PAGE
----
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Yingluck sues attorney-general over rice case

BANGKOK: Former prime minister Yingluck Shinawatra on Tuesday (Sept 29) sued attorney-general Trakul Winitnaiyaphak and three other prosecutors in the Criminal Court for alleged abuse of power in handling the case against her in connection with her government’s controversial rice-pledging scheme.

Tuesday 29 September 2015, 08:33PM


Former prime minister Yingluck Shinawatra and former prime minister Somchai Wongsuwan arrive at the Criminal Court on Tuesday morning to file abuse of authority charges against the attorney general and three prosecutors handling the rice scheme corruption brought case against her. Photo: AFP

Former prime minister Yingluck Shinawatra and former prime minister Somchai Wongsuwan arrive at the Criminal Court on Tuesday morning to file abuse of authority charges against the attorney general and three prosecutors handling the rice scheme corruption brought case against her. Photo: AFP

In her lawsuit, Ms Yingluck accused Mr Trakul, Chutichai Sakhakorn, Surasak Treerattrakul and Kittinan Thatpramuk of violating Sections 83, 157 and 200 of the Criminal Code, causing damage to others in their handling of the case against her in the Supreme Court’s Criminal Division for Holders of Political Positions.

Ms Yingluck was accompanied by former prime minister Somchai Wongsawat and lawyer Sommai Koosap when she arrived at the court.

In the lawsuit, Ms Yingluck said there were three contentious points in the case against her. These involved the rice-pledging scheme, the alleged dereliction of duty, and the alleged corruption.

The attorney-general had failed to further investigate these points as required by the Criminal Procedures Code for holders of political positions, thus putting her at a disadvantage. Instead, the attorney-general decided to indict her in the Supreme Court only one hour before the National Legislative Assembly voted to impeach her, Ms Yingluck said.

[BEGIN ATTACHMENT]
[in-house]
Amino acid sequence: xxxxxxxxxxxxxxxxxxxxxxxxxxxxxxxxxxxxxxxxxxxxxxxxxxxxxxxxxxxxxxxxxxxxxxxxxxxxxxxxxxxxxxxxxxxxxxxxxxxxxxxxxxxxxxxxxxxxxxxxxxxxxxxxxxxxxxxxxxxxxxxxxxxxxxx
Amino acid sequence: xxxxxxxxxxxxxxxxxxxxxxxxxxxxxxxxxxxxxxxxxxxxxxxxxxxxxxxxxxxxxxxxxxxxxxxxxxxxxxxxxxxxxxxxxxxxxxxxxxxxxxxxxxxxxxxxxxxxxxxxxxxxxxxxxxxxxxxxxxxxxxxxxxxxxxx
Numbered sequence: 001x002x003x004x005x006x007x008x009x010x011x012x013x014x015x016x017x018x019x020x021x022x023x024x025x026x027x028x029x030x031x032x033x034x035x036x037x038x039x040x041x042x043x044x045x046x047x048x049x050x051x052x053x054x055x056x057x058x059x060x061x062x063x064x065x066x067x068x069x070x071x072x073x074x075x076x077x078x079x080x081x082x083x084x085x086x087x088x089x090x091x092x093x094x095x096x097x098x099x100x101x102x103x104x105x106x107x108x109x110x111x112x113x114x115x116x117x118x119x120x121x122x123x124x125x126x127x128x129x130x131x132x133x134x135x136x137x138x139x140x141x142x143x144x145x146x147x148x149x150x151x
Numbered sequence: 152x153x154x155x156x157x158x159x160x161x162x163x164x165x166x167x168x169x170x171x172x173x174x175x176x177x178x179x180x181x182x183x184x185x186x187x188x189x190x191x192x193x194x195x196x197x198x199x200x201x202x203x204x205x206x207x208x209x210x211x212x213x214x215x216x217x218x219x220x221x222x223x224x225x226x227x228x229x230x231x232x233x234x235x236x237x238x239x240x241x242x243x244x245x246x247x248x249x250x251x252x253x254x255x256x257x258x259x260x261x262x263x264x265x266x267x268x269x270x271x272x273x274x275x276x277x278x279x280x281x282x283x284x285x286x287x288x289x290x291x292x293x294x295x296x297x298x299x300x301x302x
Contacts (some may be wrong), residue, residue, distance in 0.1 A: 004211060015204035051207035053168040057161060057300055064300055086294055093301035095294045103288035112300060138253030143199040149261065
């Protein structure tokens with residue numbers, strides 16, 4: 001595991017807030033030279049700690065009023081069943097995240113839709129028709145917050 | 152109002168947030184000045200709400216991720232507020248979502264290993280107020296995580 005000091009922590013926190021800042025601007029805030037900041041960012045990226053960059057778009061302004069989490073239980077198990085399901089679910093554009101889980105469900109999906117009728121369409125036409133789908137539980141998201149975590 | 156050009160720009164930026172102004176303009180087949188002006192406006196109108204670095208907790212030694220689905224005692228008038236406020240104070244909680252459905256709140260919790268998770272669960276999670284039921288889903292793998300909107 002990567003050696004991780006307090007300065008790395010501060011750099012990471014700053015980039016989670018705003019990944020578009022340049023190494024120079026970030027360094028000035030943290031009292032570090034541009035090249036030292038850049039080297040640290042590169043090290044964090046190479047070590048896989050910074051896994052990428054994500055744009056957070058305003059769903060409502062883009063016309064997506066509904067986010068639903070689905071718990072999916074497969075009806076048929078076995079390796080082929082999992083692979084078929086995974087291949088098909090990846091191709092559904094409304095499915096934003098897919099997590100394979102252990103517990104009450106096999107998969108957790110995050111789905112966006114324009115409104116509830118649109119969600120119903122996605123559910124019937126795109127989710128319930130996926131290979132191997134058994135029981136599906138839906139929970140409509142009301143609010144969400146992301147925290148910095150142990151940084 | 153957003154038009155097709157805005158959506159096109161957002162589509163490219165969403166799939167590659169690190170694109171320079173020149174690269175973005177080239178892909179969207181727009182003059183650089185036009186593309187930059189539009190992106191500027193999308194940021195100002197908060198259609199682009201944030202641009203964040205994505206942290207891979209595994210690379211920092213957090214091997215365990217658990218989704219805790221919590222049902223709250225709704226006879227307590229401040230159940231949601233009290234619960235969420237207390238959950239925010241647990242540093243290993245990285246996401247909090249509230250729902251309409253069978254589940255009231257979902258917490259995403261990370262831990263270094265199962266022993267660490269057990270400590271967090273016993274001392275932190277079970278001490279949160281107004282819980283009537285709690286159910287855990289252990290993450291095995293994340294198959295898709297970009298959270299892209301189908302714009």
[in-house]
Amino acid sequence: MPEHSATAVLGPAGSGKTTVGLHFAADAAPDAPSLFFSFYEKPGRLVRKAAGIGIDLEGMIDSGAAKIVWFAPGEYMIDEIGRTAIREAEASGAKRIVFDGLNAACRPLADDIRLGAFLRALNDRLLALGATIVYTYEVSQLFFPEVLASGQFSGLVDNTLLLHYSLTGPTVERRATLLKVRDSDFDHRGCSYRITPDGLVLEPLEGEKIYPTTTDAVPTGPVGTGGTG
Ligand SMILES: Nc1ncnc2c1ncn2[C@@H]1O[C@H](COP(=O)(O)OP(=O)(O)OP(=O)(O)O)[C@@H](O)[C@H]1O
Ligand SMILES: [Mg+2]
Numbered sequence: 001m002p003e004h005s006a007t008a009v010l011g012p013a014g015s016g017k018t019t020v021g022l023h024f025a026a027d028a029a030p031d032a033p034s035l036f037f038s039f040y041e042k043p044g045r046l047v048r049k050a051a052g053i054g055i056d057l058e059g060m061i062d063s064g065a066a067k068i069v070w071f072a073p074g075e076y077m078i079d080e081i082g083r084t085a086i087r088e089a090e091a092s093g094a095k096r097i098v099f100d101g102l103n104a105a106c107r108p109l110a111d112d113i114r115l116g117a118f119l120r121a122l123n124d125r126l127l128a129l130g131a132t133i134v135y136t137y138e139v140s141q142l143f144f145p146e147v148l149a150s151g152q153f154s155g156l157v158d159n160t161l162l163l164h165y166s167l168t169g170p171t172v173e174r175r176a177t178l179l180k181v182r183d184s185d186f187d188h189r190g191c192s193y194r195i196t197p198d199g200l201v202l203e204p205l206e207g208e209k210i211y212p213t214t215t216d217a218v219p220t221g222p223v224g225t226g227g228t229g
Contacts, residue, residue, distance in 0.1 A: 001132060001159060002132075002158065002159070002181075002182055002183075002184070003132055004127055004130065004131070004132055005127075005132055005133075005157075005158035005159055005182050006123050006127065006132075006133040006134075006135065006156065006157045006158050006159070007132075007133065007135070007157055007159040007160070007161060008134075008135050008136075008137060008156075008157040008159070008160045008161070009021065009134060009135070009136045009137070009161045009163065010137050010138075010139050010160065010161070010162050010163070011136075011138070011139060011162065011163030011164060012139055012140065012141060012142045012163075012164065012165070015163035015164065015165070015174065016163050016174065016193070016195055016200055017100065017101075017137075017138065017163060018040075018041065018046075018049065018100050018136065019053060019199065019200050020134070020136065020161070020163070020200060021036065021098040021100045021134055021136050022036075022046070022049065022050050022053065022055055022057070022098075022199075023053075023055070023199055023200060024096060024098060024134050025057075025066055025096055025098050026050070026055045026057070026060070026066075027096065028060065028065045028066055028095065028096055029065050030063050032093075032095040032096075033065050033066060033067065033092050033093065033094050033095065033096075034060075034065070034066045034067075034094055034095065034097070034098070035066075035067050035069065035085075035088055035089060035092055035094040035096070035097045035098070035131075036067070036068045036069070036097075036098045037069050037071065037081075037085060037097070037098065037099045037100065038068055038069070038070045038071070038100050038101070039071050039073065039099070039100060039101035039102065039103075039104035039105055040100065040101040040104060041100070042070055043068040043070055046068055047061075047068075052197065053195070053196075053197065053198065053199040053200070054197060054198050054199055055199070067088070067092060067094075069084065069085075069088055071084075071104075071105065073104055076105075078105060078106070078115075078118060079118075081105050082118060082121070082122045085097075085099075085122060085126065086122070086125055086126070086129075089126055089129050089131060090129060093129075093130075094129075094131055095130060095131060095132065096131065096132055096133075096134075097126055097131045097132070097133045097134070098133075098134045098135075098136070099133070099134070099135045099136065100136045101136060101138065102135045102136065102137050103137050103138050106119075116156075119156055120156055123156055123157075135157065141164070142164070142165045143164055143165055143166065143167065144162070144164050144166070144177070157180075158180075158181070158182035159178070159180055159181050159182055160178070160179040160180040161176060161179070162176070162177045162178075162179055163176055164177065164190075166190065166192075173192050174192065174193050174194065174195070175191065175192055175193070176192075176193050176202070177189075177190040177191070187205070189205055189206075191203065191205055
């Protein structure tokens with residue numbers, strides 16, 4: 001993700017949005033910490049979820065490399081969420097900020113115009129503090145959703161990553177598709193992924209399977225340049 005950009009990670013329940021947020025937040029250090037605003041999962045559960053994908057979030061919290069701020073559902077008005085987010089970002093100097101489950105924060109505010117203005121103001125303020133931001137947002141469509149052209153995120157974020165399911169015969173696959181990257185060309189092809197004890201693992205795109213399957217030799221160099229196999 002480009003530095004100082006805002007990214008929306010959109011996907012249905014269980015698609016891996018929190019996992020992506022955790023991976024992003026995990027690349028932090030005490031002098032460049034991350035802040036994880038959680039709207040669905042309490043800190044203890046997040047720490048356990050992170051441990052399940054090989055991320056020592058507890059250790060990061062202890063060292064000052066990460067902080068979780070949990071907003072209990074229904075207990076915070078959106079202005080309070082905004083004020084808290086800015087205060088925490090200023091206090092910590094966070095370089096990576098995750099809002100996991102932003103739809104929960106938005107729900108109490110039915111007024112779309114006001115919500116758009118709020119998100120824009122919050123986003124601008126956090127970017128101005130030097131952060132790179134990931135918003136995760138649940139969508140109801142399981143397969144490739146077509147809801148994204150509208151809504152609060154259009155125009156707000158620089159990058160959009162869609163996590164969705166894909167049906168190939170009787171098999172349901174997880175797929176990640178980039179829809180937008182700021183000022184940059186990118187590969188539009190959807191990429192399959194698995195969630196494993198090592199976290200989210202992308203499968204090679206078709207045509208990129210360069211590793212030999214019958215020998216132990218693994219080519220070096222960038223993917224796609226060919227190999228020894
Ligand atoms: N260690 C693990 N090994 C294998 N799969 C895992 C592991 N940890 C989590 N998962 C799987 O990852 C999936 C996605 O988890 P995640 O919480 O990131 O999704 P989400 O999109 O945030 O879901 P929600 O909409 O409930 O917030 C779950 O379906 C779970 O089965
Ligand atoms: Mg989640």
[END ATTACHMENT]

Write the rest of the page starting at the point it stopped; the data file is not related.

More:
She further stated that in the indictment the prosecutors said she knew there were corrupt practices in the scheme, and allowed them to continue. This accusation was made by the prosecutors, in addition to what the National anti-Corruption Commission (NACC) originally stated in its investigation report, she said.

Moreover, during the court procedure, the prosecutors submitted an additional 60,000 pages of documents for inclusion in the case. These documents had not been used in evidence during the investigation by the NACC and a subsequent joint task force comprising the NACC and prosecutors, Ms Yingluck. This was illegal, she alleged.

After filing the case, Ms Yingluck said she was exercising her right to defend herself.

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The NACC last year petitioned the NLA to impeach Ms Yingluck, accusing her of dereliction of duty while prime minister in failing to stop corruption and massive financial losses in her government’s rice-pledging scheme.

On January 22, the NLA voted to impeach Ms Yingluck. As a result, Ms Yingluck has been banned from political office for five years.

On the same day, before the NLA’s impeachment vote, Mr Trakul, the attorney-general, announced his decision to indict her in the Supreme Court’s Criminal Division for Holders of Political Positions over the rice-pledging scheme, as requested by the NACC.

The NACC concluded that the implementation of the rice scheme from 2011 to 2014 resulted in a posted loss of B518 billion, meaning about B200 billion per year, and the state would take about three decades to repay the debts resulting from the loss incurred using the taxpayers’ money.

 

Read original story here.

 

 

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Jeremy Corbin | 29 September 2015 - 22:06:06

Absolutely incredible

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